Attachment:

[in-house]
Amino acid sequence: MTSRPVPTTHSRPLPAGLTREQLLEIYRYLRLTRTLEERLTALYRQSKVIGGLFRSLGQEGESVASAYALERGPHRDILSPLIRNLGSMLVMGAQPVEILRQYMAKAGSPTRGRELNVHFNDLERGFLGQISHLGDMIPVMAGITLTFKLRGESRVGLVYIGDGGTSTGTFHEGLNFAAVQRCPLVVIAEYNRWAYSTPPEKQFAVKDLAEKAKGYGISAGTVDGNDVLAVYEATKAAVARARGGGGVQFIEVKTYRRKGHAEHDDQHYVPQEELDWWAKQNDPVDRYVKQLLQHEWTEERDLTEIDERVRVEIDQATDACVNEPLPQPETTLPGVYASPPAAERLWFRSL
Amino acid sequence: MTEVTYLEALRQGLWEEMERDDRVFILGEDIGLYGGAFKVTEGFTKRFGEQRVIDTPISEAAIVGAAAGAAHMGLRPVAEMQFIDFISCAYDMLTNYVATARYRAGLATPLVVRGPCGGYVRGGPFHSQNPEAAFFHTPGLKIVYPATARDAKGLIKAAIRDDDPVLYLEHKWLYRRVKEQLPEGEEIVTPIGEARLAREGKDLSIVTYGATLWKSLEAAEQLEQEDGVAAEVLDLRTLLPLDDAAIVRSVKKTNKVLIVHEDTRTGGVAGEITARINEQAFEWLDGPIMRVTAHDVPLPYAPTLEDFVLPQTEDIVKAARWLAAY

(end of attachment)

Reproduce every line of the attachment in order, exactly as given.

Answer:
[in-house]
Amino acid sequence: MTSRPVPTTHSRPLPAGLTREQLLEIYRYLRLTRTLEERLTALYRQSKVIGGLFRSLGQEGESVASAYALERGPHRDILSPLIRNLGSMLVMGAQPVEILRQYMAKAGSPTRGRELNVHFNDLERGFLGQISHLGDMIPVMAGITLTFKLRGESRVGLVYIGDGGTSTGTFHEGLNFAAVQRCPLVVIAEYNRWAYSTPPEKQFAVKDLAEKAKGYGISAGTVDGNDVLAVYEATKAAVARARGGGGVQFIEVKTYRRKGHAEHDDQHYVPQEELDWWAKQNDPVDRYVKQLLQHEWTEERDLTEIDERVRVEIDQATDACVNEPLPQPETTLPGVYASPPAAERLWFRSL
Amino acid sequence: MTEVTYLEALRQGLWEEMERDDRVFILGEDIGLYGGAFKVTEGFTKRFGEQRVIDTPISEAAIVGAAAGAAHMGLRPVAEMQFIDFISCAYDMLTNYVATARYRAGLATPLVVRGPCGGYVRGGPFHSQNPEAAFFHTPGLKIVYPATARDAKGLIKAAIRDDDPVLYLEHKWLYRRVKEQLPEGEEIVTPIGEARLAREGKDLSIVTYGATLWKSLEAAEQLEQEDGVAAEVLDLRTLLPLDDAAIVRSVKKTNKVLIVHEDTRTGGVAGEITARINEQAFEWLDGPIMRVTAHDVPLPYAPTLEDFVLPQTEDIVKAARWLAAY